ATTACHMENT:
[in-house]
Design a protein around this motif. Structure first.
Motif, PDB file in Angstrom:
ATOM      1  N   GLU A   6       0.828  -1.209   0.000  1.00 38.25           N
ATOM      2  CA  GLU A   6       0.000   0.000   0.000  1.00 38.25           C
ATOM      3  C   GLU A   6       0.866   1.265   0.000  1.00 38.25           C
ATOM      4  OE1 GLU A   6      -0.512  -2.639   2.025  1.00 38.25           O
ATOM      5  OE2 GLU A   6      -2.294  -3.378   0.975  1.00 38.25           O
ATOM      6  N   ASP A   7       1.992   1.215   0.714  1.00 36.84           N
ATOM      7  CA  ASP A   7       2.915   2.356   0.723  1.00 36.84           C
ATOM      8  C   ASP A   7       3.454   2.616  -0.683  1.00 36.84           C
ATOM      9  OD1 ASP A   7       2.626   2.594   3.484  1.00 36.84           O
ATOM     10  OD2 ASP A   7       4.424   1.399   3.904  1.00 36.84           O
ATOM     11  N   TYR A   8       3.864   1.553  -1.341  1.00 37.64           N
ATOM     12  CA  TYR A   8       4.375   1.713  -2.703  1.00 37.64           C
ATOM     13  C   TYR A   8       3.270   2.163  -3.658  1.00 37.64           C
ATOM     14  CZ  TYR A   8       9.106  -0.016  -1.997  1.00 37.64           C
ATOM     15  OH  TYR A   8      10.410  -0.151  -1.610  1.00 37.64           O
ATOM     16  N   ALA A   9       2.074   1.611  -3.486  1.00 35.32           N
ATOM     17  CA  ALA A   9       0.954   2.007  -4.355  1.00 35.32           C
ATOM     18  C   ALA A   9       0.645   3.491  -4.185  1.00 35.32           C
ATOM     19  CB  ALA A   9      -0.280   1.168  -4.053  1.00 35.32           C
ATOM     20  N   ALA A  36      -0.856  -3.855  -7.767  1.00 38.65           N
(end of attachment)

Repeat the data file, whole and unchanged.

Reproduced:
[in-house]
Design a protein around this motif. Structure first.
Motif, PDB file in Angstrom:
ATOM      1  N   GLU A   6       0.828  -1.209   0.000  1.00 38.25           N
ATOM      2  CA  GLU A   6       0.000   0.000   0.000  1.00 38.25           C
ATOM      3  C   GLU A   6       0.866   1.265   0.000  1.00 38.25           C
ATOM      4  OE1 GLU A   6      -0.512  -2.639   2.025  1.00 38.25           O
ATOM      5  OE2 GLU A   6      -2.294  -3.378   0.975  1.00 38.25           O
ATOM      6  N   ASP A   7       1.992   1.215   0.714  1.00 36.84           N
ATOM      7  CA  ASP A   7       2.915   2.356   0.723  1.00 36.84           C
ATOM      8  C   ASP A   7       3.454   2.616  -0.683  1.00 36.84           C
ATOM      9  OD1 ASP A   7       2.626   2.594   3.484  1.00 36.84           O
ATOM     10  OD2 ASP A   7       4.424   1.399   3.904  1.00 36.84           O
ATOM     11  N   TYR A   8       3.864   1.553  -1.341  1.00 37.64           N
ATOM     12  CA  TYR A   8       4.375   1.713  -2.703  1.00 37.64           C
ATOM     13  C   TYR A   8       3.270   2.163  -3.658  1.00 37.64           C
ATOM     14  CZ  TYR A   8       9.106  -0.016  -1.997  1.00 37.64           C
ATOM     15  OH  TYR A   8      10.410  -0.151  -1.610  1.00 37.64           O
ATOM     16  N   ALA A   9       2.074   1.611  -3.486  1.00 35.32           N
ATOM     17  CA  ALA A   9       0.954   2.007  -4.355  1.00 35.32           C
ATOM     18  C   ALA A   9       0.645   3.491  -4.185  1.00 35.32           C
ATOM     19  CB  ALA A   9      -0.280   1.168  -4.053  1.00 35.32           C
ATOM     20  N   ALA A  36      -0.856  -3.855  -7.767  1.00 38.65           N